Professional racers and hobbyists alike put a lot of time and money into making their cars go faster. But on the slightly-less glamorous side, they also have to invest in reliable brakes. But a racecar’s brake system is just as much a marvel of modern engineering as the engine and aerodynamic exterior. For first-time racers and new fans of the extreme sport, this article will break down everything you need to know about a racecar’s brake mechanism.
How Disc Brakes Work
A brake’s hydraulic and friction system enables a light touch to a pedal to generate enough force to stop a moving vehicle. How does it work? The brake pedal is attached to a hydraulic piston inside a cylinder. The hydraulic piston is a long stroke, a small-bore piston that pushes fluid to the four wheels. Each wheel has one or more wide, shallow pistons to squeeze the brake pads against the spinning brake disk on a wheel hub. When the brake pads make contact with the brake disk, the friction created slows down the vehicle.
All About ABS and Threshold Braking
An anti-lock brake (ABS) is a computer system that monitors each wheel’s speed while the brake is in use. If any of the wheels are slowing faster than the others, the ABS kicks in, prompting an electro-hydraulic valve to “pump” the brakes on that individual wheel. Threshold braking is the braking pressure required to slow the car without locking the wheels or triggering the ABS.
Brake Fluid Boils
Brakes can fade over time due to use; this applies to both racing and everyday street use. The friction between brake pads and disks can naturally cause heat, and if braking becomes excessive, the brake fluid can heat up as well. If the brake fluid starts to boil, it creates air bubbles that make the braking system less efficient.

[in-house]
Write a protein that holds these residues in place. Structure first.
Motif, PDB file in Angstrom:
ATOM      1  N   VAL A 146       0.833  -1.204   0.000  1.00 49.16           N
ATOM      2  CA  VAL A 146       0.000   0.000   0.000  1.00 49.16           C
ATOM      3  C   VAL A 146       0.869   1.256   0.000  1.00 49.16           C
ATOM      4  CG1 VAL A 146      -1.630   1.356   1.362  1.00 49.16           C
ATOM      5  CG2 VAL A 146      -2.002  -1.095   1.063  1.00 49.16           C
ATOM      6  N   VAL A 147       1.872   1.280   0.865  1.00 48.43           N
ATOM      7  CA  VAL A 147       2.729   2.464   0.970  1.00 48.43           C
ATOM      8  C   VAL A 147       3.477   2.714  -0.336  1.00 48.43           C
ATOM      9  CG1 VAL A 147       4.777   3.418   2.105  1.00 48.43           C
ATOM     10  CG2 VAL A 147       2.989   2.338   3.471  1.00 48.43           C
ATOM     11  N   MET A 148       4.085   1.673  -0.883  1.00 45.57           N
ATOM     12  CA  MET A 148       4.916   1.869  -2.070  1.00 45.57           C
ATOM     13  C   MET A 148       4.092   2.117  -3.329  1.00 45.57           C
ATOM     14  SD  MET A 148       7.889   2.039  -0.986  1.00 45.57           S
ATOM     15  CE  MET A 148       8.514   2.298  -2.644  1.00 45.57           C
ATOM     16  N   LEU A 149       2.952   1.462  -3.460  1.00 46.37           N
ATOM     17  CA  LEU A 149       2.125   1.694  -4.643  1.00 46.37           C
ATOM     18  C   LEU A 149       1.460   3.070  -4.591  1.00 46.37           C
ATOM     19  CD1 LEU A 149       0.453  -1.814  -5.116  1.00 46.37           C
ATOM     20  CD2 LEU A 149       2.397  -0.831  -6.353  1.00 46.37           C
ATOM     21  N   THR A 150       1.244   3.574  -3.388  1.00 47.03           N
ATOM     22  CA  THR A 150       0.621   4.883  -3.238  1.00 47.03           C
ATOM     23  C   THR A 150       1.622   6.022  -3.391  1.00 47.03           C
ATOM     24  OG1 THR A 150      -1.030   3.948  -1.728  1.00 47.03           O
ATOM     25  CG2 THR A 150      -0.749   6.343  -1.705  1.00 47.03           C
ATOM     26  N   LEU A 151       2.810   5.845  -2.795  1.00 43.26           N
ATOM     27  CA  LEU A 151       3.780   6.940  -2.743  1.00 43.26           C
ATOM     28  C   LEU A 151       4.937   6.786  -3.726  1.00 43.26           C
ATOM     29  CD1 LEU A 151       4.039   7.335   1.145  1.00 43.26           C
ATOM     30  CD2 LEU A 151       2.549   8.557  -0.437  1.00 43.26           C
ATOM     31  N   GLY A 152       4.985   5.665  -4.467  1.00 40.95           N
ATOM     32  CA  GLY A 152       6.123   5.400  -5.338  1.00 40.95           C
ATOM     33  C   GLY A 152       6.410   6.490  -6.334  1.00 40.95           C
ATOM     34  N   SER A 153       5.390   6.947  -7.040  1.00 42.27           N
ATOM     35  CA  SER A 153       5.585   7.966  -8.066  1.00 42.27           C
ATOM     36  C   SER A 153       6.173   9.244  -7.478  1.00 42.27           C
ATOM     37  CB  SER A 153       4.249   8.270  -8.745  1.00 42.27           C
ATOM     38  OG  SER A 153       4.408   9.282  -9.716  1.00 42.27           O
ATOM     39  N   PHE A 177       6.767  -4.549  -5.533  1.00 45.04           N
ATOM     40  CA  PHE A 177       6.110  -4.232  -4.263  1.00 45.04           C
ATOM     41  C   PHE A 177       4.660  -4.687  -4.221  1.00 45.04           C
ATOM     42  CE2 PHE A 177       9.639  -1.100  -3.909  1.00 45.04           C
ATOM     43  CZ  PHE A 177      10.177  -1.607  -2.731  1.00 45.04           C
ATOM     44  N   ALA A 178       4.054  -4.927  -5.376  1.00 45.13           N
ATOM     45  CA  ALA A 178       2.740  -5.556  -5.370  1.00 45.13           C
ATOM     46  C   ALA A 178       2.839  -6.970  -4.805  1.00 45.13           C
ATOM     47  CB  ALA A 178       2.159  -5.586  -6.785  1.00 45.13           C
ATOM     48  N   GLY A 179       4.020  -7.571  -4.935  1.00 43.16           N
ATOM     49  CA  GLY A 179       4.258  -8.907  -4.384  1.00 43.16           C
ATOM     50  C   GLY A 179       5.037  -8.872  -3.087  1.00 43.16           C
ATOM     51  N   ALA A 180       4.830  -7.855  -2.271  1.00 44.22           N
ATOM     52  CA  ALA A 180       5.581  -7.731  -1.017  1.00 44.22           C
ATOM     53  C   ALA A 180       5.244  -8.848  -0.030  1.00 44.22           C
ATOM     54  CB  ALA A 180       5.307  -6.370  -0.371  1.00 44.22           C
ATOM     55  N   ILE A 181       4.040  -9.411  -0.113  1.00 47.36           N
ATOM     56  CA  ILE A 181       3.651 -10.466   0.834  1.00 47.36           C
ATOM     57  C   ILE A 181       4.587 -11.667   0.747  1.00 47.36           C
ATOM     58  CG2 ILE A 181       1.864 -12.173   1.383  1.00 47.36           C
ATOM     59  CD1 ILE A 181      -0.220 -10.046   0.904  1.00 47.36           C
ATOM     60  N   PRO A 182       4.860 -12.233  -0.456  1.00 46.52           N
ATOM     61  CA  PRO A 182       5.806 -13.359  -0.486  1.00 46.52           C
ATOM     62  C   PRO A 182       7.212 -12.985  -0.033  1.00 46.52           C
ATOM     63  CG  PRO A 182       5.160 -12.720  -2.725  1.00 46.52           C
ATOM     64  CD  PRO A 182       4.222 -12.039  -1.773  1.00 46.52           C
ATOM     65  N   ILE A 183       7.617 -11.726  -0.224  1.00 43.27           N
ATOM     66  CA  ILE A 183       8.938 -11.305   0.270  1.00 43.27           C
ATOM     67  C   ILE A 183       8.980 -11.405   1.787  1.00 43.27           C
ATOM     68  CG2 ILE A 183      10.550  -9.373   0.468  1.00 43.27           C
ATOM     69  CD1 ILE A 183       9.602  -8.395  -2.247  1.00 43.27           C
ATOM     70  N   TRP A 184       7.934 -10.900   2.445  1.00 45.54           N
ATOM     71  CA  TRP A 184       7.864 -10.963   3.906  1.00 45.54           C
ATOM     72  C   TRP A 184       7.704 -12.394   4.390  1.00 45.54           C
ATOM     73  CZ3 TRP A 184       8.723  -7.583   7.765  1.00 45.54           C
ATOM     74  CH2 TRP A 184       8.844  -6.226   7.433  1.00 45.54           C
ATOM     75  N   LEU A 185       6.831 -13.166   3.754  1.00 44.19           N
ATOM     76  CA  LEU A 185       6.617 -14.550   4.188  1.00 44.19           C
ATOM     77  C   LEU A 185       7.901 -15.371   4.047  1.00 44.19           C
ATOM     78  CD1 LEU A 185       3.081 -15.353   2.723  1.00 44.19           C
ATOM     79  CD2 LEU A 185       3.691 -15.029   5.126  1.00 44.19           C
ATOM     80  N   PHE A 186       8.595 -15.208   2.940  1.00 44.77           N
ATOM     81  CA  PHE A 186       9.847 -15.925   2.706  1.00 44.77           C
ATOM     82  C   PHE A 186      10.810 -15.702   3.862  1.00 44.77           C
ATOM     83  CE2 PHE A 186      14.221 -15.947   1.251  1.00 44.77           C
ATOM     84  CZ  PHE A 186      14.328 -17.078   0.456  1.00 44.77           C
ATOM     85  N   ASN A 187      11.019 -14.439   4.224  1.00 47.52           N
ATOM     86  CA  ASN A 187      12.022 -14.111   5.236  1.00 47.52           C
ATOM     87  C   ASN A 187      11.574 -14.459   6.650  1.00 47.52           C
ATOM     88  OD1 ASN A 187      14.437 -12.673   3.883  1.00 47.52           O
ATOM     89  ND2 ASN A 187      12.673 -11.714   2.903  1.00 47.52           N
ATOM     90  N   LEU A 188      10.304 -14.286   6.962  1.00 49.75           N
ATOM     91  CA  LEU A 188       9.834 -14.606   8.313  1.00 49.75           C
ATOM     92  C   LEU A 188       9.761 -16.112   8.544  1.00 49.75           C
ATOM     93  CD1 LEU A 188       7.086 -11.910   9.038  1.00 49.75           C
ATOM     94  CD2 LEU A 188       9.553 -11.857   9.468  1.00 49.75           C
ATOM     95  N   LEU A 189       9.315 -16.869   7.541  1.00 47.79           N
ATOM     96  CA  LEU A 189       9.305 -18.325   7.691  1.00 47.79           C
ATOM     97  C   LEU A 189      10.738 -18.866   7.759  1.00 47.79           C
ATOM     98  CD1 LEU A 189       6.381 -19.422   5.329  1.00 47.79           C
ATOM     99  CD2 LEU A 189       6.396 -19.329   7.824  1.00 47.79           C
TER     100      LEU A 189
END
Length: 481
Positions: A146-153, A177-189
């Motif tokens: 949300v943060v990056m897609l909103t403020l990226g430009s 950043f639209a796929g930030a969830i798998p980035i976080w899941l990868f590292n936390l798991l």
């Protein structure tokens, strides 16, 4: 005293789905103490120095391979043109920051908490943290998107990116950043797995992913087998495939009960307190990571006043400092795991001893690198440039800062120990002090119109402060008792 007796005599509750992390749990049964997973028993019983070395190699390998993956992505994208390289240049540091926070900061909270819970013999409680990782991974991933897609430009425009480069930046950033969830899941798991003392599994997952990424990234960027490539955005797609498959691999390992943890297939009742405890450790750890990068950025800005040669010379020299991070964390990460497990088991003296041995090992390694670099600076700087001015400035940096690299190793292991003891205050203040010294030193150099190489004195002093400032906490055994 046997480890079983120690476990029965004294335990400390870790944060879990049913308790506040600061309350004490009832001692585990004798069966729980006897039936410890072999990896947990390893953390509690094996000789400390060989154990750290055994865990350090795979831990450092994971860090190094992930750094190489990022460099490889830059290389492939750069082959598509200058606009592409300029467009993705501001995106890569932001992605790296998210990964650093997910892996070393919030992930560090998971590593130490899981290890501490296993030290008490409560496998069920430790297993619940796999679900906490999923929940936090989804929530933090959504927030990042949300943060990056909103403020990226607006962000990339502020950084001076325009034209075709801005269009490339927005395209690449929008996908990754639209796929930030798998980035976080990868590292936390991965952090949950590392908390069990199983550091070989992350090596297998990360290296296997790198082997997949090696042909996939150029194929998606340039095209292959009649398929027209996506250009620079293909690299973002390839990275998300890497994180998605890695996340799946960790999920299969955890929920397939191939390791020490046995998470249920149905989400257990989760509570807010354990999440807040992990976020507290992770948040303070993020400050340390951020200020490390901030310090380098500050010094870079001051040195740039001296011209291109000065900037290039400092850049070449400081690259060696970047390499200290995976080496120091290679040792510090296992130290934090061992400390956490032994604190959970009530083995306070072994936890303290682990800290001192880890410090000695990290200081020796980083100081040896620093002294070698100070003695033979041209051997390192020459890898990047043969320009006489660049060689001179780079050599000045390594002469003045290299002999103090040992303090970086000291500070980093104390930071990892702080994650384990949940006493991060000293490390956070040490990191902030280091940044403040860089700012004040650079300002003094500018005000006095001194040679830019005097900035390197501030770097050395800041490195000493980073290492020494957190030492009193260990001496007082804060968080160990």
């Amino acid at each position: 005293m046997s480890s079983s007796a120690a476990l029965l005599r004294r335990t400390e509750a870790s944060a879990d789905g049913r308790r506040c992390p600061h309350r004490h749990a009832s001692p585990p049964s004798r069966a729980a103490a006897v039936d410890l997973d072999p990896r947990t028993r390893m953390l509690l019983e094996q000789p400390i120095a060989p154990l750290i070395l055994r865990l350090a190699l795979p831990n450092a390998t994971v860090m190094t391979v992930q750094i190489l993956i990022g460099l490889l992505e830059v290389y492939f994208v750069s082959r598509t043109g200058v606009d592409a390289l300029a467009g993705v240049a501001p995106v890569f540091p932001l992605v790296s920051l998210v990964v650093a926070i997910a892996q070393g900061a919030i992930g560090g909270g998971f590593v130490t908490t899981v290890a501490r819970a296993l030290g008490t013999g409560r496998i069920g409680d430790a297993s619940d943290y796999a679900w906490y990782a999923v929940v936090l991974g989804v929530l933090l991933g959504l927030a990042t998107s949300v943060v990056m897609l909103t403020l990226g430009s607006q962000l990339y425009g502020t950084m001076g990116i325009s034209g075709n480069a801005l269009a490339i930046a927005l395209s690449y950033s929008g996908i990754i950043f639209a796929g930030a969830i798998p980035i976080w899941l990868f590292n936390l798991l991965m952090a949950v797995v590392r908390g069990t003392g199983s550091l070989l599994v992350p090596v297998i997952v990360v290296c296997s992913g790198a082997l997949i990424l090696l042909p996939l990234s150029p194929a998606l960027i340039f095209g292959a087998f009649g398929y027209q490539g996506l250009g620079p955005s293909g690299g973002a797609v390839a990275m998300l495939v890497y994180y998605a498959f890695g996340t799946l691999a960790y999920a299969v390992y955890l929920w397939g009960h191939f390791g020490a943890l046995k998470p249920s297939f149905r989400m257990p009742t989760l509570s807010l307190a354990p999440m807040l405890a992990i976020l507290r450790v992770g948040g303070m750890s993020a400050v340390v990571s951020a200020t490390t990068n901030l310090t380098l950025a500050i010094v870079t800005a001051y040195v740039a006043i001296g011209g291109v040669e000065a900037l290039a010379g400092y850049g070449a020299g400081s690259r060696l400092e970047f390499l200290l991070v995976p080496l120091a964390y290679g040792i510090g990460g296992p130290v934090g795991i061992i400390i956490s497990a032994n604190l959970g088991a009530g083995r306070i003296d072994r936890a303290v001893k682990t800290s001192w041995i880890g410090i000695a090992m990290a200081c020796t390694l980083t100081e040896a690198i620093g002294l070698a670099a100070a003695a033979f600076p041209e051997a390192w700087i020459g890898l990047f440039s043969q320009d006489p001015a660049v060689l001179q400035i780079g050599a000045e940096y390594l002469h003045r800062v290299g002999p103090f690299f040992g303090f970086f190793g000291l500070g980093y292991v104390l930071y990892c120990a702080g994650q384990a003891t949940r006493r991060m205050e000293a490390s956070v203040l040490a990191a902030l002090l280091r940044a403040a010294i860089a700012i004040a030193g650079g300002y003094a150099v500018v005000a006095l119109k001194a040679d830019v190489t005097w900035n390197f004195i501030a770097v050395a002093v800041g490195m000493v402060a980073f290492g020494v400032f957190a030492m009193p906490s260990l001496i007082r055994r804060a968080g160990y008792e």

To counter brake fluid boils, racers need high-temperature brake fluid with a 600 degrees Fahrenheit or higher boiling point. Keep in mind that high-temperature brake fluid needs to be changed more frequently, typically once a year.
When brake fluid returns to normal temperature, it can absorb the air bubbles, and the brake system will function as expected. However, brake fluid that has boiled before will likely boil again, making it critical that racers bleed their brakes and replace the heat-damaged fluid.
Calipers and Pads
Street brake pads are for normal driving conditions. They can handle below-freezing temperatures and hot temperatures, but they do not work well under the on-track application’s constant heat. Racecars need high-temperature brake pads. But the high-temperature brake pads are not as reliable when cold, and they can get pretty noisy. For those reasons, they are not suitable for street applications, so drivers usually fit them at the track.
Originally, disc brakes had a piston on each side of the disc, known as a fixed caliper. Innovation has evolved fixed calipers to have four pistons on each side. Fixed calipers are easier to change, give a stiffer pedal, and are more heat resistant.
Another option is using a single piston that squeezes both sides of the disc via a sliding sleeve mechanism. These sliding calipers are cheaper, better at shedding weight between brake applications, and easier to fix, making them a popular choice.
Some cars have equal size front and rear brakes, while others have bigger brakes upfront and small calipers in the back. Racers make this choice based on weight distribution. A front-drive, traverse-engine car has less weight in the back, so the back’s calipers have less work to do. On the other hand, mid-engined and rear-engined cars need a more balanced approach.
Many racers choose to upgrade the original equipment manufacturer (OEM) parts in their vehicles. People generally upgrade their brakes for one of two reasons: improving performance and customizing their car’s appearance further. Upgrading your brakes can decrease stopping distance, improve operator safety, and extend the brake system’s lifespan. To upgrade your system, you can switch out the following parts for high-quality models:
- The brake master cylinder
- Brake lines
- Brake pads
Your Support System
If you plan to race your car, you need brakes that will endure the stresses of a track. You need a braking system that shortens your stopping distance, can operate at high temperatures, and make your car safer. To improve your vehicle and your performance, take the time to understand your brake system and what repairs or upgrades it needs to support you on the track.
Article Submitted By Community Writer